So at the start of the second lap I decided to bridge across or die trying. I was doing really well until that first technical section. I hopped off the curb then over another curb turned across a sidewalk and entered a gravel section as soon as I cleared the apex I put the pedal to the floor and next thing I knew I was getting up off the ground and remounting as the two guys from earlier were passing. I latched back onto them but realized that, "Snap! That hurt!" We rolled up to the bottom of the turn before the steep climb and suddenly the side of my face was plowing through the dirt and I felt that sick feeling of the momentum of my body pushing against my neck trying to use my head as a tipping point. I bounced then grabbed the bike and was a bit slower remounting and getting going both due to the ringing in my ears and for being at the bottom of a hill. By the time I got my butt up the hill, fixed by brake lever and was rolling again I had lost three of four more positions. I used the next section to try to calm down, figure out if I was concussed and just find my rhythm again.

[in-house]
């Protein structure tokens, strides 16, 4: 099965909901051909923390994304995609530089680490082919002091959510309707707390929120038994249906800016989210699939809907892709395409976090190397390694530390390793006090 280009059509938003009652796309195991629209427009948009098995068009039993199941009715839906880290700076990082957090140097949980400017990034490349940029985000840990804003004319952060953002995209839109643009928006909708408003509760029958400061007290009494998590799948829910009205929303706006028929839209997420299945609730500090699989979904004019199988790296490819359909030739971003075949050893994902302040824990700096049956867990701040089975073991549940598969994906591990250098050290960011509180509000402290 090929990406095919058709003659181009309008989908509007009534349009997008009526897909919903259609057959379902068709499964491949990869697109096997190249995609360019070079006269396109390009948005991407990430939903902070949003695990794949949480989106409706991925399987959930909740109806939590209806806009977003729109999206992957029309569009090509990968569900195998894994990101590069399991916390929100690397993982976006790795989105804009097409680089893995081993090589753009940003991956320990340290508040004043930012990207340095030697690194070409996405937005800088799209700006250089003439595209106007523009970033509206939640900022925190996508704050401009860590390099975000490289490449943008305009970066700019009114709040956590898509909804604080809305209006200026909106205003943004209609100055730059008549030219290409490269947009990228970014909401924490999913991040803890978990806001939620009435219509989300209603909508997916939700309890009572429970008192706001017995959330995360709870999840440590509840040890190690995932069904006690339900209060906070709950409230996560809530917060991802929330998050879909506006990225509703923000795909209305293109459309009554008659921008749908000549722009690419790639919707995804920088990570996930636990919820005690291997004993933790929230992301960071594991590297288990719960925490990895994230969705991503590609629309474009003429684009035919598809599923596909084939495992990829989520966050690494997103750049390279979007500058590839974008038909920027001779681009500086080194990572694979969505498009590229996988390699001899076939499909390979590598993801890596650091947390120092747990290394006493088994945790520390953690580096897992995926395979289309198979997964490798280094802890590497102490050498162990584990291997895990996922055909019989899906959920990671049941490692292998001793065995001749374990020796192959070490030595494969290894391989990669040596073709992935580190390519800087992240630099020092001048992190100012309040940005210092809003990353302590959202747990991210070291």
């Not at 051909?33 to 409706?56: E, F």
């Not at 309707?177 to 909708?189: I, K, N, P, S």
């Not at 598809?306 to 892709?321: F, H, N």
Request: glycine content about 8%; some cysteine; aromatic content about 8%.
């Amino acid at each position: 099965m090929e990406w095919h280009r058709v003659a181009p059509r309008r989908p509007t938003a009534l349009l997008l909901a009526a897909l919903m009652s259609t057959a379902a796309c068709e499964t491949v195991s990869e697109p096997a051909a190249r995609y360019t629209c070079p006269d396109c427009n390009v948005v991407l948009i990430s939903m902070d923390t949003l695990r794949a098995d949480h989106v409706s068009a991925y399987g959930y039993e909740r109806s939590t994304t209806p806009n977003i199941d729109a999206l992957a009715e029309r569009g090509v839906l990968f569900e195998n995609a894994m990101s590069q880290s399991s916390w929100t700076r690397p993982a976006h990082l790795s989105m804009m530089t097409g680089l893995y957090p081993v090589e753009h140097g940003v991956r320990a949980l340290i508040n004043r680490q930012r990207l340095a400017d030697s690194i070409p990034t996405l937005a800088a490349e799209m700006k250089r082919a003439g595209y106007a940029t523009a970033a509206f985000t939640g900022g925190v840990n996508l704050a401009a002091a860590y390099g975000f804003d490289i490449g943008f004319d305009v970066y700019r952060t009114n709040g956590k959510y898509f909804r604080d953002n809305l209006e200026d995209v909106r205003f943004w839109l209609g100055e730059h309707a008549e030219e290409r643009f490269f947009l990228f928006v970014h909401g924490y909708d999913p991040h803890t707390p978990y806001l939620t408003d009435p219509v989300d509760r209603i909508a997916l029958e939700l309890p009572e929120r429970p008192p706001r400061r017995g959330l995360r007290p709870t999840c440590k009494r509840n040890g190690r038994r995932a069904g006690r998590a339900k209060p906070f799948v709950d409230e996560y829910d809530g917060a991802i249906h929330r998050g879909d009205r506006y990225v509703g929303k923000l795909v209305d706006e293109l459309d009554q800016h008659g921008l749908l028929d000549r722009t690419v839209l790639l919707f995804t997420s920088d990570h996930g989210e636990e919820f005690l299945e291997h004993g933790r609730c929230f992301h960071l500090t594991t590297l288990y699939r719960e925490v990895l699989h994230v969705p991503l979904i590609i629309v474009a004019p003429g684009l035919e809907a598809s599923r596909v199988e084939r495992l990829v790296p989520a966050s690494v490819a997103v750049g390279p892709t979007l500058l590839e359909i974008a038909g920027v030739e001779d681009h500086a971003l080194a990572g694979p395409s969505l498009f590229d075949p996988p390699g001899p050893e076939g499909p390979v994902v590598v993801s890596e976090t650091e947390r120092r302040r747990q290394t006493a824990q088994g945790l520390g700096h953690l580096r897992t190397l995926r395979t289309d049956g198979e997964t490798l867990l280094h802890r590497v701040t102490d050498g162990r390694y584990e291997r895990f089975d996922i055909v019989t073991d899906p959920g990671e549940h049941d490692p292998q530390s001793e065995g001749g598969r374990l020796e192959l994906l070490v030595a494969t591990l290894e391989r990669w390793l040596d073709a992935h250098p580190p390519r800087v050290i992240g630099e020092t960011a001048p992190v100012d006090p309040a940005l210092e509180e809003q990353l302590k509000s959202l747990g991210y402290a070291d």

After remounting on the uphill after the barrier I knew I was going to be okay and just got back to business. Luckily that was the end of mishaps for the day. The course continued to agree with me and the good sensations in the legs ( ) continued so I was able to reel in, work with and pass riders over the next several laps.